Anxious moments arose in round three, when Vazquez suffered a cut over his left eye. His corner immediately went to work on the wound, disallowing it from ever becoming a factor.
The same could not be said for Shafikov, perhaps an indictment on a corner more intent on lighting into the referee than in taking care of their own fighter. Shafikov suffered a gusher over his right eye in round seven due to several clash of heads, a point raised by veteran cut man Miguel Diaz who repeatedly gave the third man an earful.
In fairness, referee Ernie Sharif is held largely responsible for allowing the fight to become what it was. The official warned both fighters for holding, but never truly seized control of the fight, other than in his exchanges with Diaz including repeated offers to usher him out of ring prior to the start of three consecutive rounds late in the fight.
Action slowed to a crawl by the championship rounds, as the general consensus was simply waiting for the fight to mercifully run its course. The threat of a knockout never surfaced, nor were there any official knockdowns although both fighters found themselves on the canvas due to tipping over from aggressive clinching.
Vazquez racks up his sixth title defense as he improves to 34-3 (13KO). His only losses have come earlier in his career, dropping a competitive 10-round bout to Tim Bradley when both were prospects and dropping a pair of decisions to Saul 'Canelo' Alvarez. The first loss came in his pro debut in Jan. '06, the latter taking place more than two years later while Alvarez was still on the rise.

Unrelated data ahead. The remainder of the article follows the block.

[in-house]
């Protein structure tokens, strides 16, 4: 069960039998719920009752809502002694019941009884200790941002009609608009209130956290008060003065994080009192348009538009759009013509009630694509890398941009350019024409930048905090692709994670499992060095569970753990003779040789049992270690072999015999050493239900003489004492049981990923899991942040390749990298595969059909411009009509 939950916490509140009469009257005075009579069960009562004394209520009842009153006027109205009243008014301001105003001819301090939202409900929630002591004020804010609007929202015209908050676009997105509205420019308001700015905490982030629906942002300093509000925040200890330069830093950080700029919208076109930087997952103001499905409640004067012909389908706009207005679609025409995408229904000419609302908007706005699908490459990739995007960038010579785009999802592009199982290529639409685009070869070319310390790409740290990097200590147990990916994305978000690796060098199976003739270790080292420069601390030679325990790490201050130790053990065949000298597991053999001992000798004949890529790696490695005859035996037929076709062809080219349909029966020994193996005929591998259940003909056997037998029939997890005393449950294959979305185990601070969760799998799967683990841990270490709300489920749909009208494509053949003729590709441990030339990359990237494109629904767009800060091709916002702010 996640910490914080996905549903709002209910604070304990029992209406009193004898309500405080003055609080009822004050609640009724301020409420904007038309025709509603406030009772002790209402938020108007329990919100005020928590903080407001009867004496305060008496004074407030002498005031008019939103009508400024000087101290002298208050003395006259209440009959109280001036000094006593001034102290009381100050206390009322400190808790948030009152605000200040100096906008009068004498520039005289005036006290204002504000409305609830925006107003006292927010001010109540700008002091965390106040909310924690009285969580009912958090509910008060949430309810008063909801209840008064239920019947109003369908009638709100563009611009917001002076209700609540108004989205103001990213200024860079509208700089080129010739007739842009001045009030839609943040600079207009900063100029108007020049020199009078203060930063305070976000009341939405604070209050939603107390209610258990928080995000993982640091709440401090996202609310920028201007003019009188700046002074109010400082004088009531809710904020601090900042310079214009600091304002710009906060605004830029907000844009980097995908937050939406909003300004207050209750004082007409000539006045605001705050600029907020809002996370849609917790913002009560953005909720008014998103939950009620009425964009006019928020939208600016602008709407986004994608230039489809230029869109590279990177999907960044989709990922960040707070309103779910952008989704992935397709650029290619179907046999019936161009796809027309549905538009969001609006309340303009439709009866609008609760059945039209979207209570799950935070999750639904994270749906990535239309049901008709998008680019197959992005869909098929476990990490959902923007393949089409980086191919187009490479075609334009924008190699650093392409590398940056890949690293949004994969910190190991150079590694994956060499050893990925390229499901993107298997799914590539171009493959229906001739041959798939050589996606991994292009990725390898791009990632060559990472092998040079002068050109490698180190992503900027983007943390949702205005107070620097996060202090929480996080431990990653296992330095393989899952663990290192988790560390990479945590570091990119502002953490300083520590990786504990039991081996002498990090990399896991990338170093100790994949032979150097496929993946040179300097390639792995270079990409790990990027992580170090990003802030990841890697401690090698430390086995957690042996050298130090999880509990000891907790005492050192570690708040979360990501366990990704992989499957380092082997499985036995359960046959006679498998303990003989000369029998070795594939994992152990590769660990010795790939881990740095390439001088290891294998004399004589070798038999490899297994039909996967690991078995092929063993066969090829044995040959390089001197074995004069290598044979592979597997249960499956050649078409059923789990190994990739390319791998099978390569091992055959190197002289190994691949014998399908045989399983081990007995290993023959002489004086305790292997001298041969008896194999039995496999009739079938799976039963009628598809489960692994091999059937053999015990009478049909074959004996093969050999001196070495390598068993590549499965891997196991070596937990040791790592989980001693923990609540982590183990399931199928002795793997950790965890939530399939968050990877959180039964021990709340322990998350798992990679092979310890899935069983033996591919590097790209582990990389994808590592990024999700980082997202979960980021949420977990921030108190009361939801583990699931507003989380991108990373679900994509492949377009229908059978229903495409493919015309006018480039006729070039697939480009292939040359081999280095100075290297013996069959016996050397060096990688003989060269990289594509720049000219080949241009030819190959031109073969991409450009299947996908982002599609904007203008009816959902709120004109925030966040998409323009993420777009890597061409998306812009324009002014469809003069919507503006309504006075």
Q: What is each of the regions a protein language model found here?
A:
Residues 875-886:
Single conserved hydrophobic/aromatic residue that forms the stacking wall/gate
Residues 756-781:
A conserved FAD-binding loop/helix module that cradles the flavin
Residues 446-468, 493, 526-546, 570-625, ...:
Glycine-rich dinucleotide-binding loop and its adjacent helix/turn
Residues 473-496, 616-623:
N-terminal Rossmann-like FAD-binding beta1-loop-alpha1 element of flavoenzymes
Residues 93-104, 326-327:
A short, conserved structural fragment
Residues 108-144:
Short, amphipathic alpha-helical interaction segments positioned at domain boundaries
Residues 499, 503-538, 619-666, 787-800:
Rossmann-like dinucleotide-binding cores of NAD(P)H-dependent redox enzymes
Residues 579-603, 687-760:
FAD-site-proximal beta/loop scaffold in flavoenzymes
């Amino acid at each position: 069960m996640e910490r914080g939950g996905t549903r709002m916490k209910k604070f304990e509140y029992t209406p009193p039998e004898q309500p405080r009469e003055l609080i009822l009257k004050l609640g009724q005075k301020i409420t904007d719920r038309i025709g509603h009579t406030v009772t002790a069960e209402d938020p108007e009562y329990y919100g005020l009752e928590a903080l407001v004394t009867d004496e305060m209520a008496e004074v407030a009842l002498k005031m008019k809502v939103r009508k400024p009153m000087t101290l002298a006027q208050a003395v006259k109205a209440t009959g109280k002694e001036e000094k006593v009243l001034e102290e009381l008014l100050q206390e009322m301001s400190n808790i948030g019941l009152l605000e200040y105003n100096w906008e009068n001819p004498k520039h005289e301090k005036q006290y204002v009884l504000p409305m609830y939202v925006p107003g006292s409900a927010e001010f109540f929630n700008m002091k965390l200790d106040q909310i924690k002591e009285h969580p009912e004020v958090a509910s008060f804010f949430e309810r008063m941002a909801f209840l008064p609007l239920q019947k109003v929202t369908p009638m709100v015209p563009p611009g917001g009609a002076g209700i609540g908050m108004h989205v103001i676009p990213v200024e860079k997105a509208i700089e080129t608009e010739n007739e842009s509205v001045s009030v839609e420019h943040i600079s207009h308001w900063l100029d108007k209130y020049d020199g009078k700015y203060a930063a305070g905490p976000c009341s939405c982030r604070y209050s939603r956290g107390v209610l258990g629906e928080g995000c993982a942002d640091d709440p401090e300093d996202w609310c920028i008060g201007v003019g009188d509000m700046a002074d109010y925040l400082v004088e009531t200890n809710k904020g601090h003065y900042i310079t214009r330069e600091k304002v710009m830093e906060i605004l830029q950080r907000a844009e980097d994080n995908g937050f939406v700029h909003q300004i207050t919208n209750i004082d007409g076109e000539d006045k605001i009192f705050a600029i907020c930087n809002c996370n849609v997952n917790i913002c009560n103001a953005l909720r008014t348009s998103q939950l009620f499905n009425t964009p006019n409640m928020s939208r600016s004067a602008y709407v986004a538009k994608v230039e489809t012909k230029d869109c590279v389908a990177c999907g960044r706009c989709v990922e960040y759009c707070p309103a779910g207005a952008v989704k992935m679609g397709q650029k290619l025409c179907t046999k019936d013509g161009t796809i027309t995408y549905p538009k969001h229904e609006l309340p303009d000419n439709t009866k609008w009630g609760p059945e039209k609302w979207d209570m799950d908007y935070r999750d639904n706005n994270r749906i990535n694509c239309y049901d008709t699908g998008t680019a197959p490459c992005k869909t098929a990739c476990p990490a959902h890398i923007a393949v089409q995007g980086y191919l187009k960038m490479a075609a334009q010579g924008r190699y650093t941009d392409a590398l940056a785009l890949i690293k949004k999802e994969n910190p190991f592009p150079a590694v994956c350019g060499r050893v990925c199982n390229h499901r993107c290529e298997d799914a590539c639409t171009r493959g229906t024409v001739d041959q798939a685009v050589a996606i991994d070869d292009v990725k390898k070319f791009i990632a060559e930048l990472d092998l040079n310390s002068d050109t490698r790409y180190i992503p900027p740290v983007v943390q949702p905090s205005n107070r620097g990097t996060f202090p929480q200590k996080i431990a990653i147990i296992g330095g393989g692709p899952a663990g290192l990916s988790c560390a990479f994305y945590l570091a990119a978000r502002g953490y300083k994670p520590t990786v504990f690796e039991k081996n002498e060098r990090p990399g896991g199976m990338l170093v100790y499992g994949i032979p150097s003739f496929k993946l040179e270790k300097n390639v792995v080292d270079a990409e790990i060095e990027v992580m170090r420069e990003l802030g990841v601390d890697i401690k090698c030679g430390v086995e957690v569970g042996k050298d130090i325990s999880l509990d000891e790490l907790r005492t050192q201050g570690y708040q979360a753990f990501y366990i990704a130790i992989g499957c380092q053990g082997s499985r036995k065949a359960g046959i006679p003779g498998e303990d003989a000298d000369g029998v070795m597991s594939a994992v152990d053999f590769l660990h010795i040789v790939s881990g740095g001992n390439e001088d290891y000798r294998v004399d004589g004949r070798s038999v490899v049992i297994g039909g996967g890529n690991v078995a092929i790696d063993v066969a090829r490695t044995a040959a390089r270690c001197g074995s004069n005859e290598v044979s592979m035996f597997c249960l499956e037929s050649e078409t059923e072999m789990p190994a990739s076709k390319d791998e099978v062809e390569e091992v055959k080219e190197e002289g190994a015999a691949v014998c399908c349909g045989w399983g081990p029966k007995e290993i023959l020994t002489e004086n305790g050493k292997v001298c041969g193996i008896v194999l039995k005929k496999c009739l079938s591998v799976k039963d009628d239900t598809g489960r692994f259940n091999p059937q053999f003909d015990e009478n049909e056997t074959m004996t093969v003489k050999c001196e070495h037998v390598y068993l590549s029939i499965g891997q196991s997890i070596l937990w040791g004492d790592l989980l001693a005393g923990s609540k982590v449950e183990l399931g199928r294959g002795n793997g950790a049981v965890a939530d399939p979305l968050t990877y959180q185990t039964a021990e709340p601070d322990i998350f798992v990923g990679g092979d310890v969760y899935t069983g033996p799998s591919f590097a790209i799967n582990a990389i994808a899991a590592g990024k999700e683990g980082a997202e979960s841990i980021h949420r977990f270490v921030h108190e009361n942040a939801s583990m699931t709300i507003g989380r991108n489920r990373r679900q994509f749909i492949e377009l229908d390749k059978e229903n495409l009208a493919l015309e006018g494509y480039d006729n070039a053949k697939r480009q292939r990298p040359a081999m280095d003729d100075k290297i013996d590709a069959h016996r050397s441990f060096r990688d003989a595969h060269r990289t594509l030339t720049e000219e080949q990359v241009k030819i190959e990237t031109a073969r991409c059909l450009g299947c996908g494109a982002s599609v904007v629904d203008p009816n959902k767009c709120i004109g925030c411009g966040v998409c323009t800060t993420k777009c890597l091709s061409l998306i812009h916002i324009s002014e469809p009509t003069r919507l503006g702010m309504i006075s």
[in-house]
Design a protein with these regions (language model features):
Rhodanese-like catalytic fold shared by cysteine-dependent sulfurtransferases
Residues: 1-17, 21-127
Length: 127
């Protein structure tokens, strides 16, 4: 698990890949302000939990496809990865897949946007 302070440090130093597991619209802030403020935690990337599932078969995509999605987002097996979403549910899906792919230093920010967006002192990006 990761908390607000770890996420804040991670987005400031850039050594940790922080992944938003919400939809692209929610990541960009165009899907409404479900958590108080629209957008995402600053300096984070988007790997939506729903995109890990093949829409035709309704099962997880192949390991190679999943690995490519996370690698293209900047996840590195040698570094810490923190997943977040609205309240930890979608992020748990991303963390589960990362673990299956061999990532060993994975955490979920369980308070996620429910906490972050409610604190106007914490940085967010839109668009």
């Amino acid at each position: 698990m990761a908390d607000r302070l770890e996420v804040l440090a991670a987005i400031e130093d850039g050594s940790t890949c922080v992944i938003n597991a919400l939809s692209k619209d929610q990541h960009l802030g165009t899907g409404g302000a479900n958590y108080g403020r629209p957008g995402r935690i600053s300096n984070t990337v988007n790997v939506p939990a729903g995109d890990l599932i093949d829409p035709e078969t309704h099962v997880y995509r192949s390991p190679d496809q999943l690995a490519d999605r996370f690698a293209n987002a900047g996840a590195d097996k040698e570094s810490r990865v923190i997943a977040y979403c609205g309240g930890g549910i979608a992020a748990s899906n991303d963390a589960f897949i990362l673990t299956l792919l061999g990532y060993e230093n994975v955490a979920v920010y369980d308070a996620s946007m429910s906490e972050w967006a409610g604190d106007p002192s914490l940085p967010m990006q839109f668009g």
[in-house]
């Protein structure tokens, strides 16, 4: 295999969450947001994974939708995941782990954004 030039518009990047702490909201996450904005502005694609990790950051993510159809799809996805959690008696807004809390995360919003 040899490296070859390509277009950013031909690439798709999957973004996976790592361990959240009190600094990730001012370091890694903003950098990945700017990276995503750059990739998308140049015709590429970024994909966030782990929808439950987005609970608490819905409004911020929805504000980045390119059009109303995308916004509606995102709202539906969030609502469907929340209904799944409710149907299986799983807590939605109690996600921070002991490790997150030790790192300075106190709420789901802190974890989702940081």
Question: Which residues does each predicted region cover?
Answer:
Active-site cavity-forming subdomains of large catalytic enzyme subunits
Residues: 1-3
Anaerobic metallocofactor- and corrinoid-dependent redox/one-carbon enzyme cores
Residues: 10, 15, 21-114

The moral of the story is that it's going to take an exceptional talent to beat Vazquez. Shafikov didn't prove to be that fighter. The Russian southpaw suffers his first loss as he falls to 33-1-1 (18KO).
Egor Mekhontsev moves to 2-0 (2KO) after scoring a 2nd round knockout of Atthaporn Jaritram in what will serve as the televised opener of the HBO2 broadcast, which airs later in the day via same-day tape delay.
The bout was sold as a matchup of unbeaten light heavyweights, but never intended to be a competitve fight on paper nor was it in reality. Mekhontsev, a Gold medalist for his native Russia in the 2012 London Games, fought with knockout intentions from the opening bell and achieved that result in round two, sending Jaritram to the canvas twice before forcing the stoppage.
Mekhontev, who turned pro on the undercard of Guillermo Rigondeaux' 12-round shutout snoozer over Joseph Agbeko last December, is managed by Vadim Kornilov, best known these days as the guiding force behind 140 lb. titltist Ruslan Provodnikov.
Highlighting the non-televised undercard, Marvin Sonsona scored a sensational one-punch knockout of Akifumi Shimoda in the third round of their featherweight bout.
A full recap of the non-televised undercard - which streamed live on TopRank.com - can be found by clicking ----> HERE
HBO2 PORTION (SAME-DAY TAPE DELAY)
Zou Shiming KO7 (2:09) Yokthong Kokietgym - flyweights
Miguel Vazquez UD12 Denis Shafikov - lightweights
Egor Mekhontsev KO2 Atthaporn Jaritram - light heavyweights
Akifumi Shimoda Lost KO3 Marvin Sonsona - 12 rounds, featherweight
Rex Tso TKO8 (1:27) Mako Matsuyama - super flyweights
Jerwin Ancajas KO2 Inthanon Sithchamuang - super flyweights
Ryota Murata KO4 (0:43) Carlos Nascimento - middleweights
Harmonito Dela Torre KO1 (2:17) Yakobus Heluka - super featherweight
Kuok Kun Ng KO3 Rocky Alap Alap - super welterweights
Jake Donovan is the Managing Editor of Boxingscene.com, as well as a member of Transnational Boxing Ratings Board and the Boxing Writers Association of America. Twitter: @JakeNDaBox